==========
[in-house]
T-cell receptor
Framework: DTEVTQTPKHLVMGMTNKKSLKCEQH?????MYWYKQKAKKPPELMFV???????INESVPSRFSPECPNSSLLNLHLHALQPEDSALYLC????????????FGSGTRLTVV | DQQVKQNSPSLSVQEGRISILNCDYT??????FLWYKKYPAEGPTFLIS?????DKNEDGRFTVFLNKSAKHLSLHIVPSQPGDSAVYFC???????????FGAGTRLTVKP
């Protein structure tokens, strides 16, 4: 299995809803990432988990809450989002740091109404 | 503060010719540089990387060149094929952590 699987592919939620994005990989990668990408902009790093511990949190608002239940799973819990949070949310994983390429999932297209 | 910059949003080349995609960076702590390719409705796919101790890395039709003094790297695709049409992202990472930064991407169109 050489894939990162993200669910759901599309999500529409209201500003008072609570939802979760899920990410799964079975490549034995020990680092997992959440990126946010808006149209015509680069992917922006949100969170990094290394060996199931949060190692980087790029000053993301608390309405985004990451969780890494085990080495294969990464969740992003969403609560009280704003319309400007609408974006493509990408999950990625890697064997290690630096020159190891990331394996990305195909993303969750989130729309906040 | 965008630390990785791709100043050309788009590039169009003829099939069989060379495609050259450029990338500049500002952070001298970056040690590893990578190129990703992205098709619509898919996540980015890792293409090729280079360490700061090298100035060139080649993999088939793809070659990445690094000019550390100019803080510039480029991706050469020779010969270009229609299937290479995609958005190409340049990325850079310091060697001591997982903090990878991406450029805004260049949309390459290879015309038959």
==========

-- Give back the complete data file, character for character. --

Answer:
[in-house]
T-cell receptor
Framework: DTEVTQTPKHLVMGMTNKKSLKCEQH?????MYWYKQKAKKPPELMFV???????INESVPSRFSPECPNSSLLNLHLHALQPEDSALYLC????????????FGSGTRLTVV | DQQVKQNSPSLSVQEGRISILNCDYT??????FLWYKKYPAEGPTFLIS?????DKNEDGRFTVFLNKSAKHLSLHIVPSQPGDSAVYFC???????????FGAGTRLTVKP
């Protein structure tokens, strides 16, 4: 299995809803990432988990809450989002740091109404 | 503060010719540089990387060149094929952590 699987592919939620994005990989990668990408902009790093511990949190608002239940799973819990949070949310994983390429999932297209 | 910059949003080349995609960076702590390719409705796919101790890395039709003094790297695709049409992202990472930064991407169109 050489894939990162993200669910759901599309999500529409209201500003008072609570939802979760899920990410799964079975490549034995020990680092997992959440990126946010808006149209015509680069992917922006949100969170990094290394060996199931949060190692980087790029000053993301608390309405985004990451969780890494085990080495294969990464969740992003969403609560009280704003319309400007609408974006493509990408999950990625890697064997290690630096020159190891990331394996990305195909993303969750989130729309906040 | 965008630390990785791709100043050309788009590039169009003829099939069989060379495609050259450029990338500049500002952070001298970056040690590893990578190129990703992205098709619509898919996540980015890792293409090729280079360490700061090298100035060139080649993999088939793809070659990445690094000019550390100019803080510039480029991706050469020779010969270009229609299937290479995609958005190409340049990325850079310091060697001591997982903090990878991406450029805004260049949309390459290879015309038959």